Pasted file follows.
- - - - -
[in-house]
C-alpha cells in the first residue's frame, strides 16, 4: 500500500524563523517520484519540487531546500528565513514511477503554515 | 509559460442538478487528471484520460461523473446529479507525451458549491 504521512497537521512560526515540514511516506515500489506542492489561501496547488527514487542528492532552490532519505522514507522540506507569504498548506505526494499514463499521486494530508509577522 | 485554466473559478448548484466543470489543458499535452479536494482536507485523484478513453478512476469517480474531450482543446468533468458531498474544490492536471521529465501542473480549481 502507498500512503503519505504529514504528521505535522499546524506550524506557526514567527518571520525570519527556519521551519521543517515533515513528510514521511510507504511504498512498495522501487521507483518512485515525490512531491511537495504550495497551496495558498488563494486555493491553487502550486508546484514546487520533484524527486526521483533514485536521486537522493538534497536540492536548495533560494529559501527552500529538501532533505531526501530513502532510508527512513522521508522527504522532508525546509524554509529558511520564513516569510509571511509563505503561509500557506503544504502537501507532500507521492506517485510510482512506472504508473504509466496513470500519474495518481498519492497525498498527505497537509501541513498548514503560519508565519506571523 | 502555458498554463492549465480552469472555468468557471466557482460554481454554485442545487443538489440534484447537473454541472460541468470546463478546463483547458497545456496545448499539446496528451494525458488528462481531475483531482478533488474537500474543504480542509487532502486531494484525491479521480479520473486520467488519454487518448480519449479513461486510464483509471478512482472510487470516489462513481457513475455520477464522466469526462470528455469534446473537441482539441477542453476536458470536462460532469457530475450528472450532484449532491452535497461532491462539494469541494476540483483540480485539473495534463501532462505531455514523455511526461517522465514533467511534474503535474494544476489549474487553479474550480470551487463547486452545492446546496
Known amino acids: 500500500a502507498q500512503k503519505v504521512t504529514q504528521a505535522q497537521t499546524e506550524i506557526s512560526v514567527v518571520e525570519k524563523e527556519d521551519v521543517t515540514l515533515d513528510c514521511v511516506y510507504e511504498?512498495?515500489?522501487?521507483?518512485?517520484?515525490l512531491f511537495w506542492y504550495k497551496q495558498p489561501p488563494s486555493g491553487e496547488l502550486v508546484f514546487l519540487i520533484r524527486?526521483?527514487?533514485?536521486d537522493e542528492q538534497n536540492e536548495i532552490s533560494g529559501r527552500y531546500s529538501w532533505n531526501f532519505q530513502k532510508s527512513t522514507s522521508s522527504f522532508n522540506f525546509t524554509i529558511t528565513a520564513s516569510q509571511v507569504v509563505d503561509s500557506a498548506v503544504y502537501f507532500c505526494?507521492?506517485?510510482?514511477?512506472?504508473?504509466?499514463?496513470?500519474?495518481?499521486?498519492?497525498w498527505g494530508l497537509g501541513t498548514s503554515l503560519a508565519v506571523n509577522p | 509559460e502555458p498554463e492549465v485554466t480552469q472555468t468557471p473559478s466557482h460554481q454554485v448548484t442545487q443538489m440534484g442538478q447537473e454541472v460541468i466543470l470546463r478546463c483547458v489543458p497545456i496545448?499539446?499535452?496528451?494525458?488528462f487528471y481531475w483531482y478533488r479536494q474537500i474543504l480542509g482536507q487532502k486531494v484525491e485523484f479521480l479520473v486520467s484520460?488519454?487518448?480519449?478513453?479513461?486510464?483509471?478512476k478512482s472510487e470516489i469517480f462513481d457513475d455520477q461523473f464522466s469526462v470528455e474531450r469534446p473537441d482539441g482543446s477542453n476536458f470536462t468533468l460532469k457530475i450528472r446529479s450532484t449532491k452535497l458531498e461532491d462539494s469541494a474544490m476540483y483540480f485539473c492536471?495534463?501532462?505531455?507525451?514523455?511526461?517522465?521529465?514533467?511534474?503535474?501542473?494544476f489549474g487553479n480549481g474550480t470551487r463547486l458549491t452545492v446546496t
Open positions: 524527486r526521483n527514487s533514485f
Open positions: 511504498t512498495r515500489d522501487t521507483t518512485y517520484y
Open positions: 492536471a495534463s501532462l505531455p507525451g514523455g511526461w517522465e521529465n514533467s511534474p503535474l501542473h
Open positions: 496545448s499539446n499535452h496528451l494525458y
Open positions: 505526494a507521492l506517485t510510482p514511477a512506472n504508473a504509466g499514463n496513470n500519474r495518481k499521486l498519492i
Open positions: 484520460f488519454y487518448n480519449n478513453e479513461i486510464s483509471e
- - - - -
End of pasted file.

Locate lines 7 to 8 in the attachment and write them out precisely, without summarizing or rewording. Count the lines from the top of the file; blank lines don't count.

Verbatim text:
Open positions: 496545448s499539446n499535452h496528451l494525458y
Open positions: 505526494a507521492l506517485t510510482p514511477a512506472n504508473a504509466g499514463n496513470n500519474r495518481k499521486l498519492i